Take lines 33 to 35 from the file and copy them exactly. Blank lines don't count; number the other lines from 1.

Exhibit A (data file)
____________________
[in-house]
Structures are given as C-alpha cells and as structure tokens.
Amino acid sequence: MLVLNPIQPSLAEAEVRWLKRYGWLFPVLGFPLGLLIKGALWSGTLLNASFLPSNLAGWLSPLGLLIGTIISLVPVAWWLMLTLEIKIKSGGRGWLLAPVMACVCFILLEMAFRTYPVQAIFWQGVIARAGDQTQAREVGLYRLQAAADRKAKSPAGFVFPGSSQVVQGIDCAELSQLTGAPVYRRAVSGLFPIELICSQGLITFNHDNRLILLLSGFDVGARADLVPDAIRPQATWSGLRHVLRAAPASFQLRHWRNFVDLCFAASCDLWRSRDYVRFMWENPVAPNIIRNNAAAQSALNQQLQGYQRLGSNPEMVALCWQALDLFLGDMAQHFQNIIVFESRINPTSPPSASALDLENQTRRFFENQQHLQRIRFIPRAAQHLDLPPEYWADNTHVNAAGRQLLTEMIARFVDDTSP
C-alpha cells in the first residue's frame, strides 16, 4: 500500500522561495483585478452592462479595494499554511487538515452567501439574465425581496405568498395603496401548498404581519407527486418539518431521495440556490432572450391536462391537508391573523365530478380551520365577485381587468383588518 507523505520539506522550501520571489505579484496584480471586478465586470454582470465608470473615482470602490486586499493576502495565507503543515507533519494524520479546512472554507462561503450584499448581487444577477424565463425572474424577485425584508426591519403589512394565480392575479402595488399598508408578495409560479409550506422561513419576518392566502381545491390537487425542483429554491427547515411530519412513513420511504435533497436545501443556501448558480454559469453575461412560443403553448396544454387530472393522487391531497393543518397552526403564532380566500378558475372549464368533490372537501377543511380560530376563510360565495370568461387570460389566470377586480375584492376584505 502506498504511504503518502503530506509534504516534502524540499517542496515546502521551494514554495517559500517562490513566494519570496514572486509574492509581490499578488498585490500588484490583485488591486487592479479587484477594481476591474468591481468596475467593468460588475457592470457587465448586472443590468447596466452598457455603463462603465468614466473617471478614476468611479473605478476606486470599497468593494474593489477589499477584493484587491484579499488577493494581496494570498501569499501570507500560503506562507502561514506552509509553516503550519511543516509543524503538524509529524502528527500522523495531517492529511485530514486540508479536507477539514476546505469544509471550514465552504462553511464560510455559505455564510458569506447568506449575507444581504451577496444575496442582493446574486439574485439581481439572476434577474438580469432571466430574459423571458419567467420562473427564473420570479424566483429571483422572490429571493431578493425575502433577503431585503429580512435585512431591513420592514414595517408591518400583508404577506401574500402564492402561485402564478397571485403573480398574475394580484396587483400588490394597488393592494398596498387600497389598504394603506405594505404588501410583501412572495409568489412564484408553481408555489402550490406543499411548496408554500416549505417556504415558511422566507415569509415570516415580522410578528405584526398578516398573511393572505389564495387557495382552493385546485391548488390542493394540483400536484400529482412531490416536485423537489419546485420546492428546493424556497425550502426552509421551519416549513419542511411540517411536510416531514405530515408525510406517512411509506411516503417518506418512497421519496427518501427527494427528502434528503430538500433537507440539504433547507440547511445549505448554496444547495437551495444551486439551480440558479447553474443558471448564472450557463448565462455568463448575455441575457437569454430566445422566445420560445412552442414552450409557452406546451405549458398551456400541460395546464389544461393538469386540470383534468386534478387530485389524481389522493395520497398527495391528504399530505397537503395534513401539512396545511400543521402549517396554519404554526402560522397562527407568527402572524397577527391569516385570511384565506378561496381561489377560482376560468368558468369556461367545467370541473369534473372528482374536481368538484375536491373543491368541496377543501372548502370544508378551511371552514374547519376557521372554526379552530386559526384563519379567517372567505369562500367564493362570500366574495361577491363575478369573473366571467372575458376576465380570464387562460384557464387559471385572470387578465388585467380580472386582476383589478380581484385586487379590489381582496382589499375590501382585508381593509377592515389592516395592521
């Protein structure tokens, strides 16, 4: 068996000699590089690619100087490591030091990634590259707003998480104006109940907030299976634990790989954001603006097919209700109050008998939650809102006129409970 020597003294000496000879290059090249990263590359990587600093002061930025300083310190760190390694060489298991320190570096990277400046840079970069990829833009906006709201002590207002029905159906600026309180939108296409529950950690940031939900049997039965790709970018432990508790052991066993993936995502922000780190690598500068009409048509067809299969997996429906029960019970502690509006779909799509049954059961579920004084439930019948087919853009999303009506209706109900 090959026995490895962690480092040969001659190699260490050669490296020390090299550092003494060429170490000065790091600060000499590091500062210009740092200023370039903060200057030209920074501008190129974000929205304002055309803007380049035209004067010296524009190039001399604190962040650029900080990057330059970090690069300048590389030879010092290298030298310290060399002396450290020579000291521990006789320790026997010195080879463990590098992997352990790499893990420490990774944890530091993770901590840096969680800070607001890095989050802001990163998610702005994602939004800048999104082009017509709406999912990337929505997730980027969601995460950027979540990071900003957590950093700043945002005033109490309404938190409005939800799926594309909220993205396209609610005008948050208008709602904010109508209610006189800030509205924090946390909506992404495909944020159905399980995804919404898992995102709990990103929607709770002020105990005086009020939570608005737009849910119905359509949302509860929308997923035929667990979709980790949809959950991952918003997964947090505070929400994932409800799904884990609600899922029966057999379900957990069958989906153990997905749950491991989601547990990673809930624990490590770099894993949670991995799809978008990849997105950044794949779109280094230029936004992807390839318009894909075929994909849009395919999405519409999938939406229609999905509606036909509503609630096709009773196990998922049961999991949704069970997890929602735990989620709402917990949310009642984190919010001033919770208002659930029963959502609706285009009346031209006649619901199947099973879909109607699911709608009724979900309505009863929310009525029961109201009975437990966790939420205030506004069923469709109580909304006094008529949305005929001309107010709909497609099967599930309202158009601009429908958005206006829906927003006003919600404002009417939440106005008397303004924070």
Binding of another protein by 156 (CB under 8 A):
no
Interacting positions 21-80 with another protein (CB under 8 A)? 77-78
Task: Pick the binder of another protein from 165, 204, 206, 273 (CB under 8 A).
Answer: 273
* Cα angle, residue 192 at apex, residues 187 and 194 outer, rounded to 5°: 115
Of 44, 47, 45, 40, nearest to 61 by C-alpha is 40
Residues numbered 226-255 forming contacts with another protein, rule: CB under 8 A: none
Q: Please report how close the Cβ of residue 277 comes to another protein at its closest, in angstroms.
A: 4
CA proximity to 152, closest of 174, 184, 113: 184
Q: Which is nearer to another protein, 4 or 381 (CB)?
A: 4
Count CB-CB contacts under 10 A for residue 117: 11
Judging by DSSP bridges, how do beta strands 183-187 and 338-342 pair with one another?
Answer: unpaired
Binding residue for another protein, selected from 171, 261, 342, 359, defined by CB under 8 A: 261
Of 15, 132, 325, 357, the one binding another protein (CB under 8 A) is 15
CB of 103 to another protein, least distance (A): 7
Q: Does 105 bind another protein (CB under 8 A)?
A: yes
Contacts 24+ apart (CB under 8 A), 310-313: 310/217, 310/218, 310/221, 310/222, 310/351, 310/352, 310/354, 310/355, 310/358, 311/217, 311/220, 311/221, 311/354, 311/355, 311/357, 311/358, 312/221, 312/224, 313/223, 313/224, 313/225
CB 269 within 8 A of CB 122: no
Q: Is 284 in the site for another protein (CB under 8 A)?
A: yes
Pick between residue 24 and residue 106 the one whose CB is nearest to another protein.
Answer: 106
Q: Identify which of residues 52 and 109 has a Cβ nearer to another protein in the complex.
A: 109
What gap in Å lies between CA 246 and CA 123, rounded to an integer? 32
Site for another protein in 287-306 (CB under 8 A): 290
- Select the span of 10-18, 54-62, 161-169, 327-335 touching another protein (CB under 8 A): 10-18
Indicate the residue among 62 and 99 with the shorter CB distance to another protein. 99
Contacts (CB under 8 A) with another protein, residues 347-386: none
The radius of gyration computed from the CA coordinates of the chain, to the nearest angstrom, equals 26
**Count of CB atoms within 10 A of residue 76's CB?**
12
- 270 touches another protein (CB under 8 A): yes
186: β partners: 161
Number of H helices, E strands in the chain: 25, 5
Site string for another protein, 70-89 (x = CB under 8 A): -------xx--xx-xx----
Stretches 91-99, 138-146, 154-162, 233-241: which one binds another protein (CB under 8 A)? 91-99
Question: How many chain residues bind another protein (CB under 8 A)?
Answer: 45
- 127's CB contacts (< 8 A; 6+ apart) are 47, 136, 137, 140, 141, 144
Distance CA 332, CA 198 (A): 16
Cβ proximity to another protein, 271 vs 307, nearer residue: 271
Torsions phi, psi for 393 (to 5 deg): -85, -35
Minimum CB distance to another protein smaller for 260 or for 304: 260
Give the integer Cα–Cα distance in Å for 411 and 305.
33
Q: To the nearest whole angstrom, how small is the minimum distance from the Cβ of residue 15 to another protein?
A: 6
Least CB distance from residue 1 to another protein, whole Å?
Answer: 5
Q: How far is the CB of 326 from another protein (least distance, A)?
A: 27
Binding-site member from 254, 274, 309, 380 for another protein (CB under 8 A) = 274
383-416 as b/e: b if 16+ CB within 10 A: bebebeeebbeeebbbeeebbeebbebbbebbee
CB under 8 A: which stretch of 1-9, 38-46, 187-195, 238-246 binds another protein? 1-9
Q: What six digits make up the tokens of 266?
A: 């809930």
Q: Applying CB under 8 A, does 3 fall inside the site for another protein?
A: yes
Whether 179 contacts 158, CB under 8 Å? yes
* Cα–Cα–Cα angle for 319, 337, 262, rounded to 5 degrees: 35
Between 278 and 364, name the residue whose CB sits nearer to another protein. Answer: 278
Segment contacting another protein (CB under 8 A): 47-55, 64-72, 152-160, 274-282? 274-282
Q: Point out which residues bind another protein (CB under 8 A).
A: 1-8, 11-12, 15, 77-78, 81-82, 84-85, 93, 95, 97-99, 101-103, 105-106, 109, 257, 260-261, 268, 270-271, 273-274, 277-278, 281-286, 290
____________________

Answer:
Q: Identify which of residues 52 and 109 has a Cβ nearer to another protein in the complex.
A: 109
What gap in Å lies between CA 246 and CA 123, rounded to an integer? 32